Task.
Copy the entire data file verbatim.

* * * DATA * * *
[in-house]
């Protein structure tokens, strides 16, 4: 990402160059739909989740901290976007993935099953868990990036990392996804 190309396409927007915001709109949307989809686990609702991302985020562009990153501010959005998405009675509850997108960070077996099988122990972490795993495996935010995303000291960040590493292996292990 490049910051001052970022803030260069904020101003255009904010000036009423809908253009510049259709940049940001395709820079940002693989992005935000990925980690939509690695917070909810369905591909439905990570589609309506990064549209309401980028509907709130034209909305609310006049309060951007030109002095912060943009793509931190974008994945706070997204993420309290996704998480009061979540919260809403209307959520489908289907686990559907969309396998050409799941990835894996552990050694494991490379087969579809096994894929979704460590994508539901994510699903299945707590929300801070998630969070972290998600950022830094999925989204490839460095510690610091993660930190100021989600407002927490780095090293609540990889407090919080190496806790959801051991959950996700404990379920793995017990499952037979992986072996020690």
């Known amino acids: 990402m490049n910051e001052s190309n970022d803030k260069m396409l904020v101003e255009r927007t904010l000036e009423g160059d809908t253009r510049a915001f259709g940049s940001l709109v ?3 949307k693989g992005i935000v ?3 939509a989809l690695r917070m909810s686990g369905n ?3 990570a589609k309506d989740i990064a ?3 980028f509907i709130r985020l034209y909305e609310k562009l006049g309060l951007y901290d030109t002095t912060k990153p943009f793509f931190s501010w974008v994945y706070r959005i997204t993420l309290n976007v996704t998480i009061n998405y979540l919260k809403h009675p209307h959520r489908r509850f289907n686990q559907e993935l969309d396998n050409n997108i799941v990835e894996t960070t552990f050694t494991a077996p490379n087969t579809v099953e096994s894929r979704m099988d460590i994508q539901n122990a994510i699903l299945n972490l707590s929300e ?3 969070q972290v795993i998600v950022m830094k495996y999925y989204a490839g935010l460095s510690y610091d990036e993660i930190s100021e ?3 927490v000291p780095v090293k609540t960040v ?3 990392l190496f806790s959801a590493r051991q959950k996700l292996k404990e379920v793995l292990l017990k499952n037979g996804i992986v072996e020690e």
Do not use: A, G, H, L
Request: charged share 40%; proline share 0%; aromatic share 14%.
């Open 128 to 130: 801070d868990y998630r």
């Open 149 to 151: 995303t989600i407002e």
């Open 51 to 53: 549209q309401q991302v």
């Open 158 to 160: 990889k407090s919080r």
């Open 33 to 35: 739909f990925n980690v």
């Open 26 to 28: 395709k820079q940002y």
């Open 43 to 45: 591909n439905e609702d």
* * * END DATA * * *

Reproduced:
[in-house]
């Protein structure tokens, strides 16, 4: 990402160059739909989740901290976007993935099953868990990036990392996804 190309396409927007915001709109949307989809686990609702991302985020562009990153501010959005998405009675509850997108960070077996099988122990972490795993495996935010995303000291960040590493292996292990 490049910051001052970022803030260069904020101003255009904010000036009423809908253009510049259709940049940001395709820079940002693989992005935000990925980690939509690695917070909810369905591909439905990570589609309506990064549209309401980028509907709130034209909305609310006049309060951007030109002095912060943009793509931190974008994945706070997204993420309290996704998480009061979540919260809403209307959520489908289907686990559907969309396998050409799941990835894996552990050694494991490379087969579809096994894929979704460590994508539901994510699903299945707590929300801070998630969070972290998600950022830094999925989204490839460095510690610091993660930190100021989600407002927490780095090293609540990889407090919080190496806790959801051991959950996700404990379920793995017990499952037979992986072996020690």
């Known amino acids: 990402m490049n910051e001052s190309n970022d803030k260069m396409l904020v101003e255009r927007t904010l000036e009423g160059d809908t253009r510049a915001f259709g940049s940001l709109v ?3 949307k693989g992005i935000v ?3 939509a989809l690695r917070m909810s686990g369905n ?3 990570a589609k309506d989740i990064a ?3 980028f509907i709130r985020l034209y909305e609310k562009l006049g309060l951007y901290d030109t002095t912060k990153p943009f793509f931190s501010w974008v994945y706070r959005i997204t993420l309290n976007v996704t998480i009061n998405y979540l919260k809403h009675p209307h959520r489908r509850f289907n686990q559907e993935l969309d396998n050409n997108i799941v990835e894996t960070t552990f050694t494991a077996p490379n087969t579809v099953e096994s894929r979704m099988d460590i994508q539901n122990a994510i699903l299945n972490l707590s929300e ?3 969070q972290v795993i998600v950022m830094k495996y999925y989204a490839g935010l460095s510690y610091d990036e993660i930190s100021e ?3 927490v000291p780095v090293k609540t960040v ?3 990392l190496f806790s959801a590493r051991q959950k996700l292996k404990e379920v793995l292990l017990k499952n037979g996804i992986v072996e020690e």
Do not use: A, G, H, L
Request: charged share 40%; proline share 0%; aromatic share 14%.
């Open 128 to 130: 801070d868990y998630r």
């Open 149 to 151: 995303t989600i407002e």
């Open 51 to 53: 549209q309401q991302v």
């Open 158 to 160: 990889k407090s919080r």
């Open 33 to 35: 739909f990925n980690v």
């Open 26 to 28: 395709k820079q940002y």
């Open 43 to 45: 591909n439905e609702d």